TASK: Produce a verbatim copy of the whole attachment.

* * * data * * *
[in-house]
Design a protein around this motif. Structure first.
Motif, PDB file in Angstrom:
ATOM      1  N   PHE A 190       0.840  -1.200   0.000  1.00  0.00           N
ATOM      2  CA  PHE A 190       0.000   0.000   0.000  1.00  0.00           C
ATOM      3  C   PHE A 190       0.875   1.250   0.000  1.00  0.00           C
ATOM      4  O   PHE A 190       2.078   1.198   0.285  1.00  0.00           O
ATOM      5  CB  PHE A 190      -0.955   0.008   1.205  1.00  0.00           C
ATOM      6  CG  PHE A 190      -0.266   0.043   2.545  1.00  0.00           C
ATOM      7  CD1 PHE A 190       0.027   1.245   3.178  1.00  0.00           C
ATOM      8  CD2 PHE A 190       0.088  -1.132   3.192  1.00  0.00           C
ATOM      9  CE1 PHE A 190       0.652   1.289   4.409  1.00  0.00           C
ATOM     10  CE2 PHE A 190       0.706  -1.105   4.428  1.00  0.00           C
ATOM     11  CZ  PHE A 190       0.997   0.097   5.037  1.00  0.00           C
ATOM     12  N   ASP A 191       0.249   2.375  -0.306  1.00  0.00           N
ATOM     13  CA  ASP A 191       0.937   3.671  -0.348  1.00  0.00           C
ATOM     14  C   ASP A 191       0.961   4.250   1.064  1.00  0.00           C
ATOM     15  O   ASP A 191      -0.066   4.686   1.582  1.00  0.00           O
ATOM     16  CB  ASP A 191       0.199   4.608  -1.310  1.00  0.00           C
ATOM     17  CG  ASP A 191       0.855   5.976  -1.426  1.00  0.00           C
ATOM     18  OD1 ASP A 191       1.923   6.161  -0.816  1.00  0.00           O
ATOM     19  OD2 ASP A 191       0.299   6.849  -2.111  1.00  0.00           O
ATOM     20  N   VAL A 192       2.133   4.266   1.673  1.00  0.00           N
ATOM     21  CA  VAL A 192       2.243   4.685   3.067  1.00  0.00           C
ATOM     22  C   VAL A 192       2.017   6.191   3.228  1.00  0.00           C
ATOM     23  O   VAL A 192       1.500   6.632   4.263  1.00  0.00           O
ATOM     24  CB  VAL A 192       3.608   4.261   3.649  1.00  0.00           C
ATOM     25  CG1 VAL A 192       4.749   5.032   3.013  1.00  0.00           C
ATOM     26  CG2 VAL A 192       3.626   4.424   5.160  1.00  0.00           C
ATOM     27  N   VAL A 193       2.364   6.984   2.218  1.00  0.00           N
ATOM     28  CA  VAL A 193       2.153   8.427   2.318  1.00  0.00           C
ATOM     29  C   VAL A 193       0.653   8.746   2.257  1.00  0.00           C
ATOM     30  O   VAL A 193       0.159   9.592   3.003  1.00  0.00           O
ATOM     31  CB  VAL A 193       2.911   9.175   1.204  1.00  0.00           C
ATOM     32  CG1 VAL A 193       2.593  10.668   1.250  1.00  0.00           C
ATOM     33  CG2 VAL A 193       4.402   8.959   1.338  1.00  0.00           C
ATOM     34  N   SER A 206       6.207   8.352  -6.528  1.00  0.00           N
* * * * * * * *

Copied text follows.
[in-house]
Design a protein around this motif. Structure first.
Motif, PDB file in Angstrom:
ATOM      1  N   PHE A 190       0.840  -1.200   0.000  1.00  0.00           N
ATOM      2  CA  PHE A 190       0.000   0.000   0.000  1.00  0.00           C
ATOM      3  C   PHE A 190       0.875   1.250   0.000  1.00  0.00           C
ATOM      4  O   PHE A 190       2.078   1.198   0.285  1.00  0.00           O
ATOM      5  CB  PHE A 190      -0.955   0.008   1.205  1.00  0.00           C
ATOM      6  CG  PHE A 190      -0.266   0.043   2.545  1.00  0.00           C
ATOM      7  CD1 PHE A 190       0.027   1.245   3.178  1.00  0.00           C
ATOM      8  CD2 PHE A 190       0.088  -1.132   3.192  1.00  0.00           C
ATOM      9  CE1 PHE A 190       0.652   1.289   4.409  1.00  0.00           C
ATOM     10  CE2 PHE A 190       0.706  -1.105   4.428  1.00  0.00           C
ATOM     11  CZ  PHE A 190       0.997   0.097   5.037  1.00  0.00           C
ATOM     12  N   ASP A 191       0.249   2.375  -0.306  1.00  0.00           N
ATOM     13  CA  ASP A 191       0.937   3.671  -0.348  1.00  0.00           C
ATOM     14  C   ASP A 191       0.961   4.250   1.064  1.00  0.00           C
ATOM     15  O   ASP A 191      -0.066   4.686   1.582  1.00  0.00           O
ATOM     16  CB  ASP A 191       0.199   4.608  -1.310  1.00  0.00           C
ATOM     17  CG  ASP A 191       0.855   5.976  -1.426  1.00  0.00           C
ATOM     18  OD1 ASP A 191       1.923   6.161  -0.816  1.00  0.00           O
ATOM     19  OD2 ASP A 191       0.299   6.849  -2.111  1.00  0.00           O
ATOM     20  N   VAL A 192       2.133   4.266   1.673  1.00  0.00           N
ATOM     21  CA  VAL A 192       2.243   4.685   3.067  1.00  0.00           C
ATOM     22  C   VAL A 192       2.017   6.191   3.228  1.00  0.00           C
ATOM     23  O   VAL A 192       1.500   6.632   4.263  1.00  0.00           O
ATOM     24  CB  VAL A 192       3.608   4.261   3.649  1.00  0.00           C
ATOM     25  CG1 VAL A 192       4.749   5.032   3.013  1.00  0.00           C
ATOM     26  CG2 VAL A 192       3.626   4.424   5.160  1.00  0.00           C
ATOM     27  N   VAL A 193       2.364   6.984   2.218  1.00  0.00           N
ATOM     28  CA  VAL A 193       2.153   8.427   2.318  1.00  0.00           C
ATOM     29  C   VAL A 193       0.653   8.746   2.257  1.00  0.00           C
ATOM     30  O   VAL A 193       0.159   9.592   3.003  1.00  0.00           O
ATOM     31  CB  VAL A 193       2.911   9.175   1.204  1.00  0.00           C
ATOM     32  CG1 VAL A 193       2.593  10.668   1.250  1.00  0.00           C
ATOM     33  CG2 VAL A 193       4.402   8.959   1.338  1.00  0.00           C
ATOM     34  N   SER A 206       6.207   8.352  -6.528  1.00  0.00           N